Atlanta Film argues it had no notice that the transaction was troublesome and that it was given no opportunity to investigate the problem, to challenge the assertion that the UPCs were inaccurate, to resticker the codes or otherwise cure the defect at a lower cost, or to reduce its damages.
Great Western counters that, notwithstanding the policies behind OCGA 11-2-607, Atlanta Film had no right to cure since the defective goods were accepted after being delivered late. We agree. OCGA 11-2-508 (1) only permits a seller to cure defects if the goods have been rejected and if "time for performance has not yet expired." Time was of the essence, and by the time of delivery, the time for performance had expired. Atlanta Film says the delay was justified by actions of the buyer, but this is a factual matter for a jury to hear and weigh.
As delivered, the goods were untimely and unusable. A jury could also find that it was reasonable for ANCO, in order to mitigate damages, to correct the UPC defect in the manner and at the time it did so, and that Atlanta Film's lack of opportunity to investigate, to challenge the assertion of the inaccuracy, or otherwise to reduce its damages was occasioned by its late delivery. Great Western should also be permitted to present evidence of when it received notice of the defect. These are factual matters beyond the purview of summary judgment.
Atlanta Film cites Fruin-Colnon Corp. v. Air Door, 157 Ga. App. 804 (278 SE2d 708) (1981), but it is distinguishable. The seller sold an allegedly nonconforming frame to the buyer, who then corrected the frame without notice to the seller and charged back the cost. The trial court, sitting as factfinder, found that the notice was not reasonable when the buyer took two weeks to notify the seller of the defect, how it had been corrected, and that it was charging the seller the cost of correcting the defect. Id. at 808 (3).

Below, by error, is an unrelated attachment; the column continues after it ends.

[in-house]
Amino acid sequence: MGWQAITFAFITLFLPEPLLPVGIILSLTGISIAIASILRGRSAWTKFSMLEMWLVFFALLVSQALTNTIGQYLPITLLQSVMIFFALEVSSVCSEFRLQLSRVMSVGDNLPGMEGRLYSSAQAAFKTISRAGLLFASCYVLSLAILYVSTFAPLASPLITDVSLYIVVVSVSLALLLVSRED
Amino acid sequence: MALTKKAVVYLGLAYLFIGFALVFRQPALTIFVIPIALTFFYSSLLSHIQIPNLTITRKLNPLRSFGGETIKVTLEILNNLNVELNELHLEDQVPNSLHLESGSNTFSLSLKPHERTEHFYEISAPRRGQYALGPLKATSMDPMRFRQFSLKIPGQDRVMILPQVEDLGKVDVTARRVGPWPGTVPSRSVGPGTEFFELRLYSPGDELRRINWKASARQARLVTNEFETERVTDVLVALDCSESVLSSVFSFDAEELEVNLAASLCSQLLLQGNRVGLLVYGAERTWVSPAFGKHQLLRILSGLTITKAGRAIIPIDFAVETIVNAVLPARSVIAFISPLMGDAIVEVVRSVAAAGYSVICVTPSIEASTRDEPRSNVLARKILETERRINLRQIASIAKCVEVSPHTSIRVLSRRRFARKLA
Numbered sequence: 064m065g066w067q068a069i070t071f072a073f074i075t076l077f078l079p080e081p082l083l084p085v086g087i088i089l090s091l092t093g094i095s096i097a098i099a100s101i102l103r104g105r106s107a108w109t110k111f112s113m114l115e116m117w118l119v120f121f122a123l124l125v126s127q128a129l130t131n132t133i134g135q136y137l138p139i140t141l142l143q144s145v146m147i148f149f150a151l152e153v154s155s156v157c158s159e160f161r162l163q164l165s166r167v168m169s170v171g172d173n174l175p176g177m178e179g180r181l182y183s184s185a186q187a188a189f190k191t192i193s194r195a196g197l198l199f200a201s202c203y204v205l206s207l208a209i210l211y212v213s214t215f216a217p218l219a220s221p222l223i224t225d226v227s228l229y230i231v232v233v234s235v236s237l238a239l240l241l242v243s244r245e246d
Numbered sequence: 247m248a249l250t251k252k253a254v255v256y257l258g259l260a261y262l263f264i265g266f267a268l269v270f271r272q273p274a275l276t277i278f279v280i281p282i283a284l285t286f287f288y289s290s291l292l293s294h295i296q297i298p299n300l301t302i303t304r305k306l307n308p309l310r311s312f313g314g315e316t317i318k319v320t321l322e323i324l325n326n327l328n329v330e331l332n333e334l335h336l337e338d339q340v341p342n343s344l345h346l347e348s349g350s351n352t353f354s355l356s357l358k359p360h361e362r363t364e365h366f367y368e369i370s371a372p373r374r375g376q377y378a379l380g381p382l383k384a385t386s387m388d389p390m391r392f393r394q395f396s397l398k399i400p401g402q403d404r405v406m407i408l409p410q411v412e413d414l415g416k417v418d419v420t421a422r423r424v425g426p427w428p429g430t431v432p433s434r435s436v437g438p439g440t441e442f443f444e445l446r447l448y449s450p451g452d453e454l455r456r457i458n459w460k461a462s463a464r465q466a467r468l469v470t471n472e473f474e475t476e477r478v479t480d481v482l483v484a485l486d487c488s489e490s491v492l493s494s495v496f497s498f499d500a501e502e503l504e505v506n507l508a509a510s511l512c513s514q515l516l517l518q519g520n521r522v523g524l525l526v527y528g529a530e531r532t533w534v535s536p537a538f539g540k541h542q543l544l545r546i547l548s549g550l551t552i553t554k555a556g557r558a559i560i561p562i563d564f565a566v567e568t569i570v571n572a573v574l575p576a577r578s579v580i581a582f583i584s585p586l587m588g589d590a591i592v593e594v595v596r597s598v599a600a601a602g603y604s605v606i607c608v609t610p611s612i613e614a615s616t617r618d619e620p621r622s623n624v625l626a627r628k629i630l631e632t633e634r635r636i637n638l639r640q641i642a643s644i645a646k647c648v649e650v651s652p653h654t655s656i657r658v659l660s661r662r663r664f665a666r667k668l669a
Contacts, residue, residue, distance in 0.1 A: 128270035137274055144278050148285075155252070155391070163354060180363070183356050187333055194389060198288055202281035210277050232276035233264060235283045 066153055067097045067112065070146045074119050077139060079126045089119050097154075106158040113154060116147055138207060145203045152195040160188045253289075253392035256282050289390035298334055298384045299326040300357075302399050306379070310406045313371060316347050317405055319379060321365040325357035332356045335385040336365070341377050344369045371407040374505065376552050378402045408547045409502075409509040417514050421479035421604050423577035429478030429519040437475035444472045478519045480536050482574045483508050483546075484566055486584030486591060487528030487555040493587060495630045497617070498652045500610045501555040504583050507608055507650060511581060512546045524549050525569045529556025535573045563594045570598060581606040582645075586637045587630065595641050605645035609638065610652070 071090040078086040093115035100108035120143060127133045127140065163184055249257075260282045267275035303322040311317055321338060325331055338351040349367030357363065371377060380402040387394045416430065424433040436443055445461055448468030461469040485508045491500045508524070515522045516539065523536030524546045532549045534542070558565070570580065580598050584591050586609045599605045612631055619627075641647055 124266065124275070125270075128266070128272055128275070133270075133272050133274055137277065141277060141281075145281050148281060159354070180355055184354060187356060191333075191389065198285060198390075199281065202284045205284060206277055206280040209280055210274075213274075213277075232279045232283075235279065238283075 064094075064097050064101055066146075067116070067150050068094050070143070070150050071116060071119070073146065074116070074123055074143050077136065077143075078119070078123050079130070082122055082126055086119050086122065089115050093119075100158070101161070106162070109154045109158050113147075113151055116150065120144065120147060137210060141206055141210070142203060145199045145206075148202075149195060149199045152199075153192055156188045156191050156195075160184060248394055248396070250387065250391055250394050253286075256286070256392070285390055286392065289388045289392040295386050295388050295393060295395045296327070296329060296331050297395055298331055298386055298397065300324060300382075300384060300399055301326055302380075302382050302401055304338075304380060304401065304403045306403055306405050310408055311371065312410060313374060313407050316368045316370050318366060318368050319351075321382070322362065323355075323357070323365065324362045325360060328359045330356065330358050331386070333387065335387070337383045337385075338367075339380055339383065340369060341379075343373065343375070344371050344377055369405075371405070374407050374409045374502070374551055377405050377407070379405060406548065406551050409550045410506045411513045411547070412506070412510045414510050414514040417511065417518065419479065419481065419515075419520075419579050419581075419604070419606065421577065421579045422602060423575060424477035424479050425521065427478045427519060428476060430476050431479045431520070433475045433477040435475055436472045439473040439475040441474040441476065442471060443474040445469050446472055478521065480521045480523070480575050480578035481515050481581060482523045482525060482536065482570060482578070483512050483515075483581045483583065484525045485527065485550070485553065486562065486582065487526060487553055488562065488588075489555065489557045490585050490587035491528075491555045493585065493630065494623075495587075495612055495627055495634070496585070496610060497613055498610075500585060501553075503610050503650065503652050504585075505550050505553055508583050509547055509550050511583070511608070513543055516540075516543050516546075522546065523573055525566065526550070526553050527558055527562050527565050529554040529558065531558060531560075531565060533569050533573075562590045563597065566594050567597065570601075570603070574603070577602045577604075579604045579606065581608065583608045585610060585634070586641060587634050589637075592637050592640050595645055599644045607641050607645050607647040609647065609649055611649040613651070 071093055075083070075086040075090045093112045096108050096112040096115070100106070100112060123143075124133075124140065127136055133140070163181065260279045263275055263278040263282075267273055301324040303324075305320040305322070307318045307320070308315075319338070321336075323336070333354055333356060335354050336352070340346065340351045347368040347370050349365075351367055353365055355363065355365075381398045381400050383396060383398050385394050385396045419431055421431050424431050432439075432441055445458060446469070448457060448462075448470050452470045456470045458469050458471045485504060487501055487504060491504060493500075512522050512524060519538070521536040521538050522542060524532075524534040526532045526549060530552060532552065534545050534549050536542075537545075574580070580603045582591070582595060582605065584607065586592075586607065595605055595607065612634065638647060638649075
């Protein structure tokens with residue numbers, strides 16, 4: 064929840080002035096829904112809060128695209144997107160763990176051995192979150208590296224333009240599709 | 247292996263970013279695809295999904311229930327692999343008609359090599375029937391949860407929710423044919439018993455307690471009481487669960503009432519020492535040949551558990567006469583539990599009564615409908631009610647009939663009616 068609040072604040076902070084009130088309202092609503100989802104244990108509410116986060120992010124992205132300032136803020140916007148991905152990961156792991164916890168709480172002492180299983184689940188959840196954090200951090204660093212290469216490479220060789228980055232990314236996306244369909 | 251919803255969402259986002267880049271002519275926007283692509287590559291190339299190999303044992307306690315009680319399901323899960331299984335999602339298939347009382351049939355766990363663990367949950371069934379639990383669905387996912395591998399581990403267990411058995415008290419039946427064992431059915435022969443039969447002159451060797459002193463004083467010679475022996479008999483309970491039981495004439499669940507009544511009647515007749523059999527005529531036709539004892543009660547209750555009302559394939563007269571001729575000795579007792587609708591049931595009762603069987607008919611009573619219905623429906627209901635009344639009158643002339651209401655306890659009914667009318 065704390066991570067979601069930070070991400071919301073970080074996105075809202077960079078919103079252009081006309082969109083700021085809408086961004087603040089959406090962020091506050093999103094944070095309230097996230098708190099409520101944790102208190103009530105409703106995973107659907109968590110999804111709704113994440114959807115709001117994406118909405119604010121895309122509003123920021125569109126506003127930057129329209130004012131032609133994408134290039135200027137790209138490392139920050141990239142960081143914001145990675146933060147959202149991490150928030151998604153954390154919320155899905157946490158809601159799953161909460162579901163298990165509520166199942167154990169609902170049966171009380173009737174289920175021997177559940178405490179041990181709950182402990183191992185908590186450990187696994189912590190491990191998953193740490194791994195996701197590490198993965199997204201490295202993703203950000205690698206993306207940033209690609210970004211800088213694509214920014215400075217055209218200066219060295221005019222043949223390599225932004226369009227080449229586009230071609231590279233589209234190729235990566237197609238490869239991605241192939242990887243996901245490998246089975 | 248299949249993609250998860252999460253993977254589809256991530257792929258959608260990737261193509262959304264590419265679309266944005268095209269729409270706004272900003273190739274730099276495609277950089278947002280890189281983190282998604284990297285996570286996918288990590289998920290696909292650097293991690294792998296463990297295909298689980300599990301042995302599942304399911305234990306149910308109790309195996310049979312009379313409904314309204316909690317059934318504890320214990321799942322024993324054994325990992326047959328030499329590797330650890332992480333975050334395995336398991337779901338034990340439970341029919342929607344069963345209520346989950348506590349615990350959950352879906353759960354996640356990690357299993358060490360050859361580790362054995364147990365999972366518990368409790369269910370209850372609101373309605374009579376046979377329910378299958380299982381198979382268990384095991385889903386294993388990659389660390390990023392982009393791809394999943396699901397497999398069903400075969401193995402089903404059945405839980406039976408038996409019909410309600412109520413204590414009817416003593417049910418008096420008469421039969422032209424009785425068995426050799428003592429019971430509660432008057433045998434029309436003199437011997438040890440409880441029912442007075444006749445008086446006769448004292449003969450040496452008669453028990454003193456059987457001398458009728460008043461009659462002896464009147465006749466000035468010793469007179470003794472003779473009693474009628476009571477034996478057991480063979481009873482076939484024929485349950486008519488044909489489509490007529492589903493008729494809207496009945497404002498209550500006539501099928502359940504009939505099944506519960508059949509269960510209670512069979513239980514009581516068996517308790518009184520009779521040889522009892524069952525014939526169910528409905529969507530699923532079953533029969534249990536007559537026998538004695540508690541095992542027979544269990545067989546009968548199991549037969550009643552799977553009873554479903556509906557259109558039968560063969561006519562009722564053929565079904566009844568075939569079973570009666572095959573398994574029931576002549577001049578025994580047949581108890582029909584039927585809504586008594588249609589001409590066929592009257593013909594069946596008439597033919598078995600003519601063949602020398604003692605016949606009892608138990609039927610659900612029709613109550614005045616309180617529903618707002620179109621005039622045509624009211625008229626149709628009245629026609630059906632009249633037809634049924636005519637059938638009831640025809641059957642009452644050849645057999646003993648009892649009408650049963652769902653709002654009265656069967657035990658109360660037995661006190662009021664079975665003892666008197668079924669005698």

Here, the court made a legal determination at summary judgment stage that the notice was unreasonable and that plaintiff Atlanta Film was accordingly entitled to judgment as a matter of law, but the record contains too many factual questions to have permitted summary adjudication.
2. In its motion for summary judgment, Atlanta Film contended that the August 4 conversation in reality constituted no notice, and that Great Western's counterclaim for breach of warranty was thus barred since the goods had been accepted. It cited OCGA 11-2-606 and Contract Sales & Svc. Intl. v. American Express &c. Co., 216 Ga. App. 61 (453 SE2d 62) (1994). Great Western enumerates as error the trial court's acceptance of this reasoning, pointing to OCGA 11-2-607 (2), which states that acceptance does not impair any other remedy provided by this article for nonconformity, and OCGA 11-2-714, which provides that a buyer can recover damages for a breach of warranty even though the buyer accepted the defective goods.
Whether OCGA 11-2-607 was served by Great Western's notice to Atlanta Film of the defect over a month after it had been corrected, and only when payment was demanded, is a jury question. Thus, the trial court's conclusion that, as a matter of law, Great Western's notice to Atlanta Film was not within a reasonable time, that Great Western's claim for breach of warranties was accordingly barred, and that a money judgment against Great Western was proper is accordingly reversed.
Gerber & Gerber, Bernard M. Gerber, for appellee.
Jones, Day, Reavis & Pogue, Michael J. McConnell, Tilden R. Reid II, for appellant.
DECIDED DECEMBER 5, 1996.
Thursday May 21 05:36 EDT